New Pennsylvania Veterans Foundation
Formed to Support Vets, Their Families


One definition of soldier is someone who is dedicated to a cause.

For Brigadier Gen. (Pa.) Michael Gould that notion has extended far beyond his tenure in the U.S. Army and has inspired him to create a new Pennsylvania Veterans Foundation, a private, non-profit charitable organization that specifically supports veterans and their families in Pennsylvania.

Gould, who serves as deputy adjutant general for the Pennsylvania Office of Veterans’ Affairs, came up with the idea when he looked beyond the borders of Pennsylvania to see what other states are doing.

“You just can’t get there on government dollars alone, especially in these fiscal times,” he said. “The private sector needs to be a part of the solution. Pennsylvania is way behind in this regard. Several states use public-private coalitions to pool the necessary resources to attack these types of social issues.”

Veterans Affairs receives about $3 million to take care of close to 1 million veterans in Pennsylvania.

Gould, a native of McKean County, said there are countless number of veterans’ issues that need addressed. There are 2,000-3,000 veterans homeless in Pennsylvania, about 10 percent are unemployed and 25 percent make less than $22,000 a year. Others suffer from Post-Traumatic Stress and Traumatic Brain injuries. The veteran population is also aging – there are more than 600,000 that are 62 and over.

Gould’s goal is to raise money that will allow the Foundation to grant money to the “multiple non-profit organizations that are already assisting veterans and their families, yet need more resources to touch more.”

The Foundation will also help with a veteran or veteran’s family that needs immediate emergency help.

The directors of two county directors of veterans’ affairs welcome the added help a foundation like this can render.

“I think like all veterans across the nation, these are some that stand out. Employment, medical, and emergency funds to get through the problems that might arise,” said Matt Windsor, who helps the 4,500-5,000 veterans in McKean County.

Windsor added that the Foundation would help veterans with issues that the state or federal governments won’t be able to. He also said that his office, funded through the McKean County Commissioners, has not been affected by lack of funding.

“They have done a great job with making sure that the county veterans are a priority.”

To the west, Warren County has an emergency fund for Warren County veterans handled through the Warren County Veterans Council.

“Our emergency fund has helped with food, heat, and on occasion rent to keep Veterans and their families from being thrown out after they lost their job, said Ed Burris, who serves on the board of the Pennsylvania Veterans Foundation.

On a state level, Burris said a foundation like will be great to help organizations get the funding they need.

“Many organizations and private citizens have great ideas on how to help veterans and their families but cannot find funding. This could provide that funding if it was felt that they have the right plans,” he said. “If we only help one person at a time for that one person we have made a difference. If we can help someone who wants to help a specific group of Veterans then we have a made a difference to many.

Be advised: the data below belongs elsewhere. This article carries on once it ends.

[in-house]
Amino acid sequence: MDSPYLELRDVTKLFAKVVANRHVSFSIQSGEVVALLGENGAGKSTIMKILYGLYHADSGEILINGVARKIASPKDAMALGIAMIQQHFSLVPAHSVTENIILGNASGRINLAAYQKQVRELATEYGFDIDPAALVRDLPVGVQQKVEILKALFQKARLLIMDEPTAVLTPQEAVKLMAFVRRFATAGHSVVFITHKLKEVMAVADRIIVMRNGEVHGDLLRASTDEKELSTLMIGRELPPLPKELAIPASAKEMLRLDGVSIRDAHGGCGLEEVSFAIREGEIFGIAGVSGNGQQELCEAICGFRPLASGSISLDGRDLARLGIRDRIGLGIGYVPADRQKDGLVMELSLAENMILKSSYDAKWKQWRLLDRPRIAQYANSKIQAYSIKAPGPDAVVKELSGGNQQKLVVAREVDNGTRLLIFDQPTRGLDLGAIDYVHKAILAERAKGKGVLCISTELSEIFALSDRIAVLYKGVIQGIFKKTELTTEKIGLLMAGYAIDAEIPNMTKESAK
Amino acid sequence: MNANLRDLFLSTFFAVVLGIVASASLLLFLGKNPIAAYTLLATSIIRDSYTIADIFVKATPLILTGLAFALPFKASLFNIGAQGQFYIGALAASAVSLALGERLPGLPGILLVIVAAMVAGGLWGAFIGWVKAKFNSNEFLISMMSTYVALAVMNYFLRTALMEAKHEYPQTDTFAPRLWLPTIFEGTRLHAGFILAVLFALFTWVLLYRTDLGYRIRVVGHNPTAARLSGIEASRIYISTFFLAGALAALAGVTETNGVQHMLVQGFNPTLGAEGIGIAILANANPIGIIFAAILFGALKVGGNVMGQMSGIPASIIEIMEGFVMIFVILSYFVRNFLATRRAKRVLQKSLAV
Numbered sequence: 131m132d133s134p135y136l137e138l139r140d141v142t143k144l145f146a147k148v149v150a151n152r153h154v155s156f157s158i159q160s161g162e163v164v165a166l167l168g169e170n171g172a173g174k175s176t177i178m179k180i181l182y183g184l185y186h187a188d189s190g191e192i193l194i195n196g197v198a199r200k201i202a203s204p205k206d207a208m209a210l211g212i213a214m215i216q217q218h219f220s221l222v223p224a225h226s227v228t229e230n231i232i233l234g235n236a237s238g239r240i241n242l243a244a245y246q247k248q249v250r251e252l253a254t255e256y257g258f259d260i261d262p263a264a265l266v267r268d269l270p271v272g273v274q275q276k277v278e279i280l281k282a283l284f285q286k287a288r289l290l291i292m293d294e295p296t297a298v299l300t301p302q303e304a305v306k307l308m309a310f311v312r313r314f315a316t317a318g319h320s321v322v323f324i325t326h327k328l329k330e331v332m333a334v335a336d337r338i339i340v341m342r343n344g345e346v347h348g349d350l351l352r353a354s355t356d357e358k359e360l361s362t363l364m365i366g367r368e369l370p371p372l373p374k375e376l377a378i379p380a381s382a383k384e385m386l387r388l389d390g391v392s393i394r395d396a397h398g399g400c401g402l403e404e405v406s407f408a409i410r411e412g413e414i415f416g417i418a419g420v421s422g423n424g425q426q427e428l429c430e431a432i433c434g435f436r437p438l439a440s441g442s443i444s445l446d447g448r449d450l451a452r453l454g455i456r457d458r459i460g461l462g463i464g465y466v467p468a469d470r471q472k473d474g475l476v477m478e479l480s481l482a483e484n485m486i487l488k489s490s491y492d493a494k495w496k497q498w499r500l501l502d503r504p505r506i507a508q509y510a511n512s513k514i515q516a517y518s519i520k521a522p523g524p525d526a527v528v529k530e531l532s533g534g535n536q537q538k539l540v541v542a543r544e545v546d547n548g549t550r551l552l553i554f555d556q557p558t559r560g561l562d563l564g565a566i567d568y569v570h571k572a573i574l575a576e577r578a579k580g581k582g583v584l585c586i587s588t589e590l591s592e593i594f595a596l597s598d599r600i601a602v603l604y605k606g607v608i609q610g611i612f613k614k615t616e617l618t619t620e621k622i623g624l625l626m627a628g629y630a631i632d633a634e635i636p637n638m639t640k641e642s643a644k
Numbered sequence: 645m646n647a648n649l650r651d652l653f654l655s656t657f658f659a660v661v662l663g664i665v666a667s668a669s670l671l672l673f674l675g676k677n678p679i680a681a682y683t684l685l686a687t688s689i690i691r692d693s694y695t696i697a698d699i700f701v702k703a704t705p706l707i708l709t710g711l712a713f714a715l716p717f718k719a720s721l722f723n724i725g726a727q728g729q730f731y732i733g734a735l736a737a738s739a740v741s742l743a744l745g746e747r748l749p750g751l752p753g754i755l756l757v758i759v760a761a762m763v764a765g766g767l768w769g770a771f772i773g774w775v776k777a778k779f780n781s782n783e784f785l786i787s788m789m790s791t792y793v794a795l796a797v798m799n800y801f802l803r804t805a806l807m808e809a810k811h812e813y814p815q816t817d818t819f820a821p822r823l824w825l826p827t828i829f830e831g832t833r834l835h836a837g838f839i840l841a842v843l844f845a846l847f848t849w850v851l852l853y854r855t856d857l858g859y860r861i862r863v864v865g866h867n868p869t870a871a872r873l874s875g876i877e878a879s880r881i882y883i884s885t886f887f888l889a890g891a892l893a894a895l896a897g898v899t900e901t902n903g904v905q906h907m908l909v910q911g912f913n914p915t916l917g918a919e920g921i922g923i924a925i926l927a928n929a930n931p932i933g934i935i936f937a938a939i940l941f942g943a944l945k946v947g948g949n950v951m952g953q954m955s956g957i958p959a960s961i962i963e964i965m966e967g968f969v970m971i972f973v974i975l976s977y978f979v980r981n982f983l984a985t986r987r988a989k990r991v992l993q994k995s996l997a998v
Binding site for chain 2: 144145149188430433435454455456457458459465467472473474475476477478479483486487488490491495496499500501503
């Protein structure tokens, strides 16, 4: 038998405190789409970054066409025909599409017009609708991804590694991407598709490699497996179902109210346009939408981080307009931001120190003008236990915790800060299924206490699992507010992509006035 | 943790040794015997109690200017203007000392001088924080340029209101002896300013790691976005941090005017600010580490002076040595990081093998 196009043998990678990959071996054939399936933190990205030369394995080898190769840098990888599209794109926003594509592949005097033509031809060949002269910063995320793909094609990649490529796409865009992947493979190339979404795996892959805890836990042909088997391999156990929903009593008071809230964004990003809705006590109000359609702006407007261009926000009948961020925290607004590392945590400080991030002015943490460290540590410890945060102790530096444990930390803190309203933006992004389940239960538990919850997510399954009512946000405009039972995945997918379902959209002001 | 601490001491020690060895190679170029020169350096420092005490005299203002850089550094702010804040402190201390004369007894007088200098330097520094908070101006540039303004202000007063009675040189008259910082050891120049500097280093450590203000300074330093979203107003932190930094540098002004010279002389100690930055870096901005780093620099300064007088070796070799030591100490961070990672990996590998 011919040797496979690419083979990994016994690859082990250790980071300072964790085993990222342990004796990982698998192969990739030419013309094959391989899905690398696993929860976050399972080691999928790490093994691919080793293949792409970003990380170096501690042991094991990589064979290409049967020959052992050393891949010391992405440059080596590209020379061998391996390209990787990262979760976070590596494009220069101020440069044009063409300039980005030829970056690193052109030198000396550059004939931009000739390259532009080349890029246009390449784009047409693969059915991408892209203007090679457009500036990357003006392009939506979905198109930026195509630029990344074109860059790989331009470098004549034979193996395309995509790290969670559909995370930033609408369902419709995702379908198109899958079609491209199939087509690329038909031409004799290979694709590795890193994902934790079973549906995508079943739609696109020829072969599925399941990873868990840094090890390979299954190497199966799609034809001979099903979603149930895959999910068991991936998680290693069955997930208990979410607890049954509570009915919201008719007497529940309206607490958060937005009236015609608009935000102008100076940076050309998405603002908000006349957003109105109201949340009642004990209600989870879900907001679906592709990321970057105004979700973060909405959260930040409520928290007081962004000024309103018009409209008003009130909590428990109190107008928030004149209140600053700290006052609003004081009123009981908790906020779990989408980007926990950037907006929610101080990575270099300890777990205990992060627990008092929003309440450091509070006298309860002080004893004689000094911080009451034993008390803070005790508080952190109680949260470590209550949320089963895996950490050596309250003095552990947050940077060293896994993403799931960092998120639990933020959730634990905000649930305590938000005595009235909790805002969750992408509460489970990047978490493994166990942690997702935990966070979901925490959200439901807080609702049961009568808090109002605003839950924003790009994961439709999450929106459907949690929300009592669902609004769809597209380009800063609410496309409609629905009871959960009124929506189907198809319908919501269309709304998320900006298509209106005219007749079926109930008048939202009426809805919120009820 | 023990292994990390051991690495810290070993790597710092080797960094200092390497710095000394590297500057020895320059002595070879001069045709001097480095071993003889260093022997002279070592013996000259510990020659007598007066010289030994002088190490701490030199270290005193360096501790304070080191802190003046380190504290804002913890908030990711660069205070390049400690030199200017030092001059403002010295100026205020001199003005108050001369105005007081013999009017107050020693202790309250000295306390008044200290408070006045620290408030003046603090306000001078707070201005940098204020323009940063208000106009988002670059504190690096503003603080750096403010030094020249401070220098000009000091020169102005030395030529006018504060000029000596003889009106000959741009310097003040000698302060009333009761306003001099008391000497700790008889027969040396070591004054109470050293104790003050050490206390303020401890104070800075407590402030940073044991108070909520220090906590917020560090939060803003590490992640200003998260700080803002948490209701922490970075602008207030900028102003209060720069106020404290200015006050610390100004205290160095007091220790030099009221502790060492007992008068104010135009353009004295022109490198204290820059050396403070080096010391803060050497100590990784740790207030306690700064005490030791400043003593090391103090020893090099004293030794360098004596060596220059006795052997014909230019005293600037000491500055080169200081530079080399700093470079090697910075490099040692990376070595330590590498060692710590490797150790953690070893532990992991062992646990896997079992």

“Sometimes people need to sit back and think what their lives would be like if it were not the veterans that we are now helping, if they had not went the extra mile for us would we still be the country that we are today, and would we have the freedoms to even write this story.”

Both state Sen. Joe Scarnati, R-Brockway, and Rep. Martin Causer, R-Turtlepoint, hear issues pertaining to veterans and welcome such a foundation to further assist in veterans’ programs.

“My office assists a large number of constituents in handling veterans’ issues so I am very familiar with the struggles that so many of our country’s heroes face on a daily basis,” Scarnati said. “I believe the Pennsylvania Veterans Foundation being established by the Department of Veterans Affairs creates a win-win situation for our veterans and Pennsylvania taxpayers and I am hopeful the program can serve as a model for other organizations throughout the Commonwealth.”

Causer agreed, noting that anything that enhances programs for veterans is a good thing.

“I see this as very beneficial,” he said. “I don’t want to see veterans’ issues reduced.”
The fact that the Foundation was established on 11/11/11 is no coincidence. It is Veterans Day, afterall.

The Foundation recently received its IRS tax exempt status. This means the organizers will be launching an informational campaign and outreach to gain support. They have already gained the support of the Eldred American Legion Post 887, which held a craft show with the proceeds donated to the Foundation.

Once set up, the Foundation will also like to help with educational purposes, too, such as supporting the Eldred WWII Museum.

“Yes this Foundation will make a difference whether one person at a time, a hundred or possibly a thousand there are almost a million Veterans in PA with the right support this foundation can and will do great things,” Burris said.

And people throughout the state are getting excited about this initiative.

“Estimates are now that only 1 percent of our U.S. population has ever worn a uniform. Many people want to help and pay back, but someone has to be on point advocating for them. I take that role very seriously,” Gould said.

“(They) are just waiting to launch activities and spread the word,” Gould said. “Veterans’ organizations, like the VFW, know this could change the face of support for veterans in Pennsylvania if it is successful – and it will be.”

For more information on the Pennsylvania Veterans Foundation or to make a donation, go to

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